Adam Hughes - the 13 year old ripper
July 26 2010
Heralding from Castle Douglas, Adam Hughes has no shortage of trails to hone his skills. Based around the 7-Stanes, he’s been quick to shift over his motorbike experience into the world of proper bikes. XC or DH, with the support of his Dad and Mark Wilcox of Next Level MTB, he’s been showing a few older riders how to turn on the style. But what does a 13 year old ride for DH in a world of big suspension? A Five AM seems to do the trick. The short 14” Five does a good job of providing the geometry he needs with a Fox 36 slackening things off at the front and stiffening things up for the odd rock garden. With a maxle out back he’s happy to slam it through berms with a chain device and Saint rear mech keeping the chain in check. While this is not a downhill bike, for a light ripper of 13 years, it’s the perfect setup. Light enough to throw around, and strong enough to endure the rigors of a dose of Adam Hughes, XC or DH. Read his race reports below to see how he’s getting on, expect to see much more of Adam over the next few years, the kid’s got talent…
On Sunday the 27th of June I competed in a mini downhill race at Innerleithen, Peeblesshire. I rode this event last year around Halloween time on my old bike. This was the first time I would properly have the privilege of riding my new Orange 5 am. I was very excited and looked forward to the day ahead.
I woke up early on the Sunday morning raring to go. I loaded the bike and all of the kit I would need for the day into the jeep. My Dad and I waited on my coach, Mark Wilcox to come round so we could set off to Innerleithen. A couple of hours later we reached Innerleithen. Mark went and got me signed on then I got ready to go up the hill. Unfortunately there was no up-lift. Luckily my new bike was so much lighter than my old bike and a lot easier to push. The course was short and sweet, it was the bottom section of the Cresta run. There was no practice runs as the timing was just a couple of stop watches set off at 30 second intervals. Luckily we were alowed as many runs as we could manage.
On my first run I went down fairly slowly to look at the track and get used to the bike. It felt great and was so much smoother than my last bike as it had better forks. I managed to catch five people but fell right after the finish which was a bit embarrassing. I went back to the car and got a quick bite to eat and get my cuts patched up.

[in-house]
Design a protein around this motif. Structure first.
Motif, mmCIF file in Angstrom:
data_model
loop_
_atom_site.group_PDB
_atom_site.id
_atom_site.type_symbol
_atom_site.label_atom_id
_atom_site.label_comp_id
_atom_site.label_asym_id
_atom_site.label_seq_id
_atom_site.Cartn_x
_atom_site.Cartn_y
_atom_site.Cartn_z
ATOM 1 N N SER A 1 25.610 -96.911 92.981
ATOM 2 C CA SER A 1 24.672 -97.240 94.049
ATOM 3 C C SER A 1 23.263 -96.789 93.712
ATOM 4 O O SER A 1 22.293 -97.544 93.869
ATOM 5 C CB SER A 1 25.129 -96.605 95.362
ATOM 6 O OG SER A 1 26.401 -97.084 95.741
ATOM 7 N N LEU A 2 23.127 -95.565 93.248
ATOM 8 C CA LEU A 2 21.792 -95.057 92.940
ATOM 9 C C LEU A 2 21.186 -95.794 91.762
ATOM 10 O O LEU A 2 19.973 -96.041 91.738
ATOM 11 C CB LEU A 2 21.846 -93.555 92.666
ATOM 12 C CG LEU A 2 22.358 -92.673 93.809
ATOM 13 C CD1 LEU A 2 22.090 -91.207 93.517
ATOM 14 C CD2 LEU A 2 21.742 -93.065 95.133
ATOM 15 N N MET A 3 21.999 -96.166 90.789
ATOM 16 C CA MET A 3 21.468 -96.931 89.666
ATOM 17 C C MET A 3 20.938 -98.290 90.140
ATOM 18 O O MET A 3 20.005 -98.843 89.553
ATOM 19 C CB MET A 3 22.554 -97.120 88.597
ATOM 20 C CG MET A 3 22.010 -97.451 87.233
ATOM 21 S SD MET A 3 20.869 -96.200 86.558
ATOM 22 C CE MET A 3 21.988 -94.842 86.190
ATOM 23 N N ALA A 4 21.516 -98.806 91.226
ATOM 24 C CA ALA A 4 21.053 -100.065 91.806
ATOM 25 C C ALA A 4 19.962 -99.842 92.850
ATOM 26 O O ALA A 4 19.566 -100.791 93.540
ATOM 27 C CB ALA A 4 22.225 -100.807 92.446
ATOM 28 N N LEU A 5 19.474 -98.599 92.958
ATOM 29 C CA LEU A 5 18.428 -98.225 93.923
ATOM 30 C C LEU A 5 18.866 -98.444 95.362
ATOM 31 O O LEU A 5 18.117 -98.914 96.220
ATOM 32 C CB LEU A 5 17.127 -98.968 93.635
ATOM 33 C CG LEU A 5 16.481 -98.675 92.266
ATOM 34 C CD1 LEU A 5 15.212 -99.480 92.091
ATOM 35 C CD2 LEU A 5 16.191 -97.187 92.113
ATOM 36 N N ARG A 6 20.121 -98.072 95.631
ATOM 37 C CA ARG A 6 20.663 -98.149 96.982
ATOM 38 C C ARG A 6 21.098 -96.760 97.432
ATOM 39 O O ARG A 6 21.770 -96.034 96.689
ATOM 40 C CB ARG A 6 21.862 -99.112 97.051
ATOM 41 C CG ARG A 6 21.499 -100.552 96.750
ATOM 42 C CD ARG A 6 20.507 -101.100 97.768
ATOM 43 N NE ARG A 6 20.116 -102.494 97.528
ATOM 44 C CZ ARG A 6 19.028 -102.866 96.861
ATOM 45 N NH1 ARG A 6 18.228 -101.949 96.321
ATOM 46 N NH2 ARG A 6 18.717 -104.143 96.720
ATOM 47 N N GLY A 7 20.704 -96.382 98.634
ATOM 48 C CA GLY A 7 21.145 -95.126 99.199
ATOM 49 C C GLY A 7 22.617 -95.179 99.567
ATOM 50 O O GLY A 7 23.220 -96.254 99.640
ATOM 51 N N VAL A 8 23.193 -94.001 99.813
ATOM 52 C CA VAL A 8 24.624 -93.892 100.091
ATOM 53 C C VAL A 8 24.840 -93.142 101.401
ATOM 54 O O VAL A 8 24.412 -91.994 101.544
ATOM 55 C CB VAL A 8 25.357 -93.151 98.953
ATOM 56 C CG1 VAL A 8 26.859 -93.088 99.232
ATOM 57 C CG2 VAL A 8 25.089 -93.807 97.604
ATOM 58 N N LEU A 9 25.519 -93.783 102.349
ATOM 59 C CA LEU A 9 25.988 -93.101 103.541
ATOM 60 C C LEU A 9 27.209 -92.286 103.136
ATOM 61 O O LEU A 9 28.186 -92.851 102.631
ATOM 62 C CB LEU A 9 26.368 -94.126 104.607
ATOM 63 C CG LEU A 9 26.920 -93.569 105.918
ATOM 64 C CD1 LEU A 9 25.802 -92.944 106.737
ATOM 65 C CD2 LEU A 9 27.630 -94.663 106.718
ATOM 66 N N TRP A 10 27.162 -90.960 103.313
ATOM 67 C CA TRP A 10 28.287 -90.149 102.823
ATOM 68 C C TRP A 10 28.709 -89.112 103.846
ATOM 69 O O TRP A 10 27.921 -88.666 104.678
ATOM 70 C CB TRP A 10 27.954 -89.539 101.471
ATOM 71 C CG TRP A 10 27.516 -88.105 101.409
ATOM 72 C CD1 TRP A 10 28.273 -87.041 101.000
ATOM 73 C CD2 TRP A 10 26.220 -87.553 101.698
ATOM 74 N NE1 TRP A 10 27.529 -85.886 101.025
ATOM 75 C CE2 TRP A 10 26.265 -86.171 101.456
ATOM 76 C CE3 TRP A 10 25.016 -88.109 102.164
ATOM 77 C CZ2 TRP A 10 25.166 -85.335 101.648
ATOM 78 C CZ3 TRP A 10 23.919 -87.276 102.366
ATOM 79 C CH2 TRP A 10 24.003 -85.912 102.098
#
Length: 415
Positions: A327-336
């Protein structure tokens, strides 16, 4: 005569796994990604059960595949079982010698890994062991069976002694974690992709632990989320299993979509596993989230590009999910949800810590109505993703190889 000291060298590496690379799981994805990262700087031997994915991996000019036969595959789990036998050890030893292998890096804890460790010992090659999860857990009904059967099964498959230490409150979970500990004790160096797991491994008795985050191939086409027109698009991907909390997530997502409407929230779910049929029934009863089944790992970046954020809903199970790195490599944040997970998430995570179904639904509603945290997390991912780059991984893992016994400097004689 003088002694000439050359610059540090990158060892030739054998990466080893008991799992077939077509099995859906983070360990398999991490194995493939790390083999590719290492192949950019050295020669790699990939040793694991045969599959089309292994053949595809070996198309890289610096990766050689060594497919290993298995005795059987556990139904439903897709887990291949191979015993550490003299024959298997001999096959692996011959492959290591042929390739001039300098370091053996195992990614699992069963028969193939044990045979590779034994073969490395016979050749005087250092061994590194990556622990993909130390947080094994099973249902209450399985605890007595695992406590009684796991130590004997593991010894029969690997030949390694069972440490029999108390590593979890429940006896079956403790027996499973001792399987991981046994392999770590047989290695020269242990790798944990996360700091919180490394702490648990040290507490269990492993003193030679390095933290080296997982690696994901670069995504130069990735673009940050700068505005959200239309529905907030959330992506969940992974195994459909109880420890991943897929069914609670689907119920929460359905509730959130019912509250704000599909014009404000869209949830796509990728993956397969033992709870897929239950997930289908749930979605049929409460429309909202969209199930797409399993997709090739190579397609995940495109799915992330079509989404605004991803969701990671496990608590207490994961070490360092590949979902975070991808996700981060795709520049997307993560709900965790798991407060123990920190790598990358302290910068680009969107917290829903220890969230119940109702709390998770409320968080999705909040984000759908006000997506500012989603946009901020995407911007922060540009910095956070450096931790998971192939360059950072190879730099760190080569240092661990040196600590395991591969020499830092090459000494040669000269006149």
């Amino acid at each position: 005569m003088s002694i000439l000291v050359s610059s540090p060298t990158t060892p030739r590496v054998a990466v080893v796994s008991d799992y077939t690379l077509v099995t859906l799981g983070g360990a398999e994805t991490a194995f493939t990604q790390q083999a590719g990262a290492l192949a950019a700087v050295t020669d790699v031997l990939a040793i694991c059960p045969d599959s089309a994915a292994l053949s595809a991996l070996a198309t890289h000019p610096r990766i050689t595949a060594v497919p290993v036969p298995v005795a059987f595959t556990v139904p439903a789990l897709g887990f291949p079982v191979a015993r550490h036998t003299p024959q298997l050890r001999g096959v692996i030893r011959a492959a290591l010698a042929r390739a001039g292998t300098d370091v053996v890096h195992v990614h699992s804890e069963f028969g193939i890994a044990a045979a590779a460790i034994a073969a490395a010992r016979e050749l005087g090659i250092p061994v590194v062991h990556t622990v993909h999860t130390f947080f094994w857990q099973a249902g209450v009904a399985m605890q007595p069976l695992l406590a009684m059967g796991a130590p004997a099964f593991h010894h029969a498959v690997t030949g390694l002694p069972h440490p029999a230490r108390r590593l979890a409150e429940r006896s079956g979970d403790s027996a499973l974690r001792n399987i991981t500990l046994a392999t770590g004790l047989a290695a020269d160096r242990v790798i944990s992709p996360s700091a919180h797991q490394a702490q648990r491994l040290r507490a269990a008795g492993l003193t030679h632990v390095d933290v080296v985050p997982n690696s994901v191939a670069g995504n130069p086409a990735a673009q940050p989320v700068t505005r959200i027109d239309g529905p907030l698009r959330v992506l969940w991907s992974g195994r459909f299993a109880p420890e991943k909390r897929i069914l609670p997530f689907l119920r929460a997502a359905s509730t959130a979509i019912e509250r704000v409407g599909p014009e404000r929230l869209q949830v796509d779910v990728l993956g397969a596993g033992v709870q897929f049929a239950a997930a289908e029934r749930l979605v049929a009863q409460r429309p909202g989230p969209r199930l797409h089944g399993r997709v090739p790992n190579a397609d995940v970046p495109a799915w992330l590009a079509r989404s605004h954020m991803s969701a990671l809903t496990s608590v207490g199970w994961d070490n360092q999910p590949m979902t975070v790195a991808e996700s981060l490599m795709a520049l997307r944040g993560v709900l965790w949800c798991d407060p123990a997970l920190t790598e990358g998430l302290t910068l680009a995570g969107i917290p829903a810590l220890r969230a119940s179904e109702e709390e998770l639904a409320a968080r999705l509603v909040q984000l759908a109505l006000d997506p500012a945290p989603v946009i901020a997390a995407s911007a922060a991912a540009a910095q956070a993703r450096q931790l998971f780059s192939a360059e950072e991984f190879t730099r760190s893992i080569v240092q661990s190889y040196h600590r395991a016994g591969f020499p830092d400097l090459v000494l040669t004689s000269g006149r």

I started to push up yet again with another bunch of people. When we got to the top we heard the track was closed because someone had broken their collar bone, scary. After a long wait at the top we were ready to go again. The track had now been slightly changed at the bottom as it was too dangerous for some riders.
On my second run I started to increase my speed in some places as I was feeling much more comfortable on the Orange 5. The new section was a lot easier but still quite tight. I also had a clean run not catching any riders.
I got another two runs in that felt really good with the feedback and response from my Orange 5. The bike was feeling great. I headed back to the car after my runs got something to eat and drink and then got myself changed out of the clothes I was riding in. The ‘airbag’ jump was in the car park so I had a few goes on it and it was amazing fun. It was now time for the prize giving. There was an anxious wait for my results as there was no live timing. To my surprise I was 1st. I jumped up on to the back of the pick-up truck and attempted to spray the non-alcoholic champagne!
Overall It was a great days racing and I loved riding my brilliant new bike.
Scottish DH Champs:
On Saturday the 10th of July my Dad and I headed up to Dunkeld near Stirling for me to compete in the Scottish Downhill Champs. We woke up early on Saturday morning and strapped my Orange 5 onto the bike rack. We set off and a mere couple of hours later we were at the race venue. It was a wet miserable day, typical of Scotland.